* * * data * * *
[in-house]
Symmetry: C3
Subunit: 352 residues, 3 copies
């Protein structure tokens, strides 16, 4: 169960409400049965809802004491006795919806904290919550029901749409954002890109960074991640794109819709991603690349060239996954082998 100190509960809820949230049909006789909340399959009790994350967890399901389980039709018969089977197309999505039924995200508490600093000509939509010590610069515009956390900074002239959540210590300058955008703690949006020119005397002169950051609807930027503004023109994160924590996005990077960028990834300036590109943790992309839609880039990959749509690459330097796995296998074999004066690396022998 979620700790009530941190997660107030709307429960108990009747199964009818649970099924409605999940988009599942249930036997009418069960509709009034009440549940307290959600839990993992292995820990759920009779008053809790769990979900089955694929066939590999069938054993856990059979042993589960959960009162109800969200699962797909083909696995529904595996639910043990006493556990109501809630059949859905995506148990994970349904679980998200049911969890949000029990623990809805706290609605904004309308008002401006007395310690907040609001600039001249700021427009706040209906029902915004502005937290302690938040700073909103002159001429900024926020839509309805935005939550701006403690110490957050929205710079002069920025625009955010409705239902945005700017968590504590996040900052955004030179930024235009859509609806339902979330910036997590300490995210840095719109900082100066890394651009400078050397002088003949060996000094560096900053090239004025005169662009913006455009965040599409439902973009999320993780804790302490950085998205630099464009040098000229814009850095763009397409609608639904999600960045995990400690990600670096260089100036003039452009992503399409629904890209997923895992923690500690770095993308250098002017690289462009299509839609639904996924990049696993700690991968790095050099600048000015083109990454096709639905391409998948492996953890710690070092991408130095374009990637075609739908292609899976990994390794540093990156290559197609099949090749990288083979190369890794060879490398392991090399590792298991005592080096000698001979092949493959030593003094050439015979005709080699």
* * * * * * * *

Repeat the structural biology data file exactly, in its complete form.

[in-house]
Symmetry: C3
Subunit: 352 residues, 3 copies
């Protein structure tokens, strides 16, 4: 169960409400049965809802004491006795919806904290919550029901749409954002890109960074991640794109819709991603690349060239996954082998 100190509960809820949230049909006789909340399959009790994350967890399901389980039709018969089977197309999505039924995200508490600093000509939509010590610069515009956390900074002239959540210590300058955008703690949006020119005397002169950051609807930027503004023109994160924590996005990077960028990834300036590109943790992309839609880039990959749509690459330097796995296998074999004066690396022998 979620700790009530941190997660107030709307429960108990009747199964009818649970099924409605999940988009599942249930036997009418069960509709009034009440549940307290959600839990993992292995820990759920009779008053809790769990979900089955694929066939590999069938054993856990059979042993589960959960009162109800969200699962797909083909696995529904595996639910043990006493556990109501809630059949859905995506148990994970349904679980998200049911969890949000029990623990809805706290609605904004309308008002401006007395310690907040609001600039001249700021427009706040209906029902915004502005937290302690938040700073909103002159001429900024926020839509309805935005939550701006403690110490957050929205710079002069920025625009955010409705239902945005700017968590504590996040900052955004030179930024235009859509609806339902979330910036997590300490995210840095719109900082100066890394651009400078050397002088003949060996000094560096900053090239004025005169662009913006455009965040599409439902973009999320993780804790302490950085998205630099464009040098000229814009850095763009397409609608639904999600960045995990400690990600670096260089100036003039452009992503399409629904890209997923895992923690500690770095993308250098002017690289462009299509839609639904996924990049696993700690991968790095050099600048000015083109990454096709639905391409998948492996953890710690070092991408130095374009990637075609739908292609899976990994390794540093990156290559197609099949090749990288083979190369890794060879490398392991090399590792298991005592080096000698001979092949493959030593003094050439015979005709080699």